[3] "From this point of view we may draw a sharp line of distinction between a tool and a machine: spades, hammers, chisels, &c., combinations of levers and of screws, in all of which, no matter how complicated they may be in other respects, man is the motive power,... all this falls under the idea of a tool; but the plough, which is drawn by animal power, and wind-mills, &c., must be classed among machines." (Wilhelm Schulz: "Die Bewegung der Produktion." Zürich, 1843, p. 38.) In many respects a book to be recommended.

[4] Before his time, spinning machines, although very imperfect ones, had already been used, and Italy was probably the country of their first appearance. A critical history of technology would show how little any of the inventions of the 18th century are the work of a single individual. Hitherto there is no such book. Darwin has interested us in the history of Nature's Technology, i.e., in the formation of the organs of plants and animals, which organs serve as instruments of production for sustaining life. Does not the history of the productive organs of man, of organs that are the material basis of all social organisation, deserve equal attention? And would not such a history be easier to compile, since, as Vico says, human history differs from natural history in this, that we have made the former, but not the latter?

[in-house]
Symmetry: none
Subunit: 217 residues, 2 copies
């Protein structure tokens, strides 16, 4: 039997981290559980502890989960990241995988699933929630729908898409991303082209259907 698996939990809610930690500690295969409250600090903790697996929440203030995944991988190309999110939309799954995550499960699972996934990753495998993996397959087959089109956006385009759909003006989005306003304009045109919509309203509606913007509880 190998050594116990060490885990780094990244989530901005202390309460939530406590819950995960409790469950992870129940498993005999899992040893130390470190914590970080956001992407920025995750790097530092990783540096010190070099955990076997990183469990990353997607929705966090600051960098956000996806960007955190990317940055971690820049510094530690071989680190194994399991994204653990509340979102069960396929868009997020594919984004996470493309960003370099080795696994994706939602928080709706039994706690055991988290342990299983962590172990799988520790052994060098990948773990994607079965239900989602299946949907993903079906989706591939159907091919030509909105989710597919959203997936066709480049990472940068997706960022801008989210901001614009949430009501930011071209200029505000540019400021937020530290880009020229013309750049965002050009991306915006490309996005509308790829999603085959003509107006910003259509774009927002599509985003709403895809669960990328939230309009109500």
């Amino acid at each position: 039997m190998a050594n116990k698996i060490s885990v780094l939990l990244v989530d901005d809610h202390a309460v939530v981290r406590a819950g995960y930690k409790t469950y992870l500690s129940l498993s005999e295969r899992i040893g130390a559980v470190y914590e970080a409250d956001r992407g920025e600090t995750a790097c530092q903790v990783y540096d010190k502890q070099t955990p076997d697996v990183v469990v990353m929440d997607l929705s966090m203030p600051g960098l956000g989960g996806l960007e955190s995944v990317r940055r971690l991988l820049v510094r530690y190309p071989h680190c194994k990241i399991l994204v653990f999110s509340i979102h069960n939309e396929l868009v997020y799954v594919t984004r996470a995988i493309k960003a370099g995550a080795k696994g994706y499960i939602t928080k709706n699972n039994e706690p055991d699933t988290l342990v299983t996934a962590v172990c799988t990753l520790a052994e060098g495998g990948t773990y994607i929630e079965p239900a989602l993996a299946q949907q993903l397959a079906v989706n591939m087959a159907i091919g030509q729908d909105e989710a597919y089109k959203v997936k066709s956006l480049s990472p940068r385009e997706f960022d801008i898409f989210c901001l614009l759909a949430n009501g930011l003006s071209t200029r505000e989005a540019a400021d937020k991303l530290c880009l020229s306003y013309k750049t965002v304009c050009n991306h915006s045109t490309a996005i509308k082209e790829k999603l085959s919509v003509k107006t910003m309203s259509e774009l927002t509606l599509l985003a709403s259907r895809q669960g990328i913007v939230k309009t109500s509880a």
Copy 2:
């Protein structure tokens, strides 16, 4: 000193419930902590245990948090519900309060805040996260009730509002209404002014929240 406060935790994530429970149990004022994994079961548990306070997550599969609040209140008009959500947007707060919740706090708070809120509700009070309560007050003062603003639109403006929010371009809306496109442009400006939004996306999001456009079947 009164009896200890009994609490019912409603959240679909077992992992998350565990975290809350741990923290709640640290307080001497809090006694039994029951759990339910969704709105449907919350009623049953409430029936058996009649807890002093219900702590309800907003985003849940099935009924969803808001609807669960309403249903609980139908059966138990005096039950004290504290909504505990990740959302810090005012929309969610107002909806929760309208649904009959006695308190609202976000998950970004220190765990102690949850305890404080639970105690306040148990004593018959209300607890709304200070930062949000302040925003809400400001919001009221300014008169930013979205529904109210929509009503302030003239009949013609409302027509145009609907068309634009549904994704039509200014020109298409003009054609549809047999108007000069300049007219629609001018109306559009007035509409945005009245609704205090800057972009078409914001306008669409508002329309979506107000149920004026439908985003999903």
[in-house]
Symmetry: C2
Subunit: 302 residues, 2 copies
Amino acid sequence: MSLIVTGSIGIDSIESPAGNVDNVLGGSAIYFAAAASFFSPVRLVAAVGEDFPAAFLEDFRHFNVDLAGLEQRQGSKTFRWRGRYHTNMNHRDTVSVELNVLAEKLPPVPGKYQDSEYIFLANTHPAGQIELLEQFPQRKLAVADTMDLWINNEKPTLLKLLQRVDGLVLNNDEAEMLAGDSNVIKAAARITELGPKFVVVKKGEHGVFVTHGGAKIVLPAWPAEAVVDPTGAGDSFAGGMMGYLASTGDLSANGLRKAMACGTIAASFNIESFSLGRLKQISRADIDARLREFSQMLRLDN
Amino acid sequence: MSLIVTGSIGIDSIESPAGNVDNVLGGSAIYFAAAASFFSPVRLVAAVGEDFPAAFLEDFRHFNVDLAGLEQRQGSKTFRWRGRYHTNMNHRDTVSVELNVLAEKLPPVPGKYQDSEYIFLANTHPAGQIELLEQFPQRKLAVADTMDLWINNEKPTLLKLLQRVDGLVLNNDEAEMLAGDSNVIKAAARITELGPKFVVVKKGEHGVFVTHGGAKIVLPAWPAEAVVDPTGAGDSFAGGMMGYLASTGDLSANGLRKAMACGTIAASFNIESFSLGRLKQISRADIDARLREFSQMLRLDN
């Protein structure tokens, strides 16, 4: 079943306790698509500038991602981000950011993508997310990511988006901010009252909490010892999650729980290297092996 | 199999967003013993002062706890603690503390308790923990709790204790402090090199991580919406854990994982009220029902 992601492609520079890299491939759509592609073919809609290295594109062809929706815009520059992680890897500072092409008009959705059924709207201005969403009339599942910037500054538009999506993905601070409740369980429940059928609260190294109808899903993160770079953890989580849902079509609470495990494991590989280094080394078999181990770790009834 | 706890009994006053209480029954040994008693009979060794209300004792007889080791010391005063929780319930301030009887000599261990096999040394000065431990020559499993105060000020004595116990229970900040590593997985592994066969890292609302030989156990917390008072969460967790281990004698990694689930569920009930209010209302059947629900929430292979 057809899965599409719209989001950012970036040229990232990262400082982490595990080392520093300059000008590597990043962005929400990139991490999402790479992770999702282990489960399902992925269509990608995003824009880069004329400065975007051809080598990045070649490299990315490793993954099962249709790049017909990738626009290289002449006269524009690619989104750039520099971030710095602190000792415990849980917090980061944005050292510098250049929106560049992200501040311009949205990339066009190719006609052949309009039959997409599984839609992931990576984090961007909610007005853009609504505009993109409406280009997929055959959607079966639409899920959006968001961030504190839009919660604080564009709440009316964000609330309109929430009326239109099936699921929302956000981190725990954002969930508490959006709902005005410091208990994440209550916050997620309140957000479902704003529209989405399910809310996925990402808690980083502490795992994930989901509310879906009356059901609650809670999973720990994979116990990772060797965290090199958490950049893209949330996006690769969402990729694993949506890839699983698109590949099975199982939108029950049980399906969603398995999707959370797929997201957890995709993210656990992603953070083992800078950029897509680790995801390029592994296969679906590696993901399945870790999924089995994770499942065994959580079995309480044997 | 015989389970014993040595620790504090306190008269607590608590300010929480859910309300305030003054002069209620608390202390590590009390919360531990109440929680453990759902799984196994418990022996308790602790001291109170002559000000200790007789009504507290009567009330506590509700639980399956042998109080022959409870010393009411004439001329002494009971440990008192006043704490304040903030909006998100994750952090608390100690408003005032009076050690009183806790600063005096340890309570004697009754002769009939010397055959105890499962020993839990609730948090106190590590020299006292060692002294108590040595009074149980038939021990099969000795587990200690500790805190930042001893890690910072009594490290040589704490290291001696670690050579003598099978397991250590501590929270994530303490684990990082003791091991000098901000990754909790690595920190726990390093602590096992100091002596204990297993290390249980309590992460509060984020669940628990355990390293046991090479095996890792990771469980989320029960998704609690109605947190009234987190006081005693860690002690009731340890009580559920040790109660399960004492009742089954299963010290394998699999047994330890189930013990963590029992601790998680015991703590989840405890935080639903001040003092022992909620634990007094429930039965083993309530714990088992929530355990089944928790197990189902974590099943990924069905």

Technology discloses man's mode of dealing with Nature, the process of production by which he sustains his life, and thereby also lays bare the mode of formation of his social relations, and of the mental conceptions that flow from them. Every history of religion, even, that fails to take account of this material basis, is uncritical. It is, in reality, much easier to discover by analysis the earthly core of the misty creations of religion, than, conversely, it is, to develop from the actual relations of life the corresponding celestialised forms of those relations. The latter method is the only materialistic, and therefore the only scientific one. The weak points in the abstract materialism of natural science, a materialism that excludes history and its process, are at once evident from the abstract and ideological conceptions of its spokesmen, whenever they venture beyond the bounds of their own speciality.

[5] Especially in the original form of the power-loom, we recognise, at the first glance, the ancient loom. In its modern form, the power-loom has undergone essential alterations.

[6] It is only during the last 15 years (i.e., since about 1850), that a constantly increasing portion of these machine tools have been made in England by machinery, and that not by the same manufacturers who make the machines. Instances of machines for the fabrication of these mechanical tools are, the automatic bobbin-making engine, the cardsetting engine, shuttle-making machines, and machines for forging mule and throstle spindles.

[7] Moses says: "Thou shalt not muzzle the ox that treads the corn." The Christian philanthropists of Germany, on the contrary, fastened a wooden board round the necks of the serfs, whom they used as a motive power for grinding, in order to prevent them from putting flour into their mouths with their hands.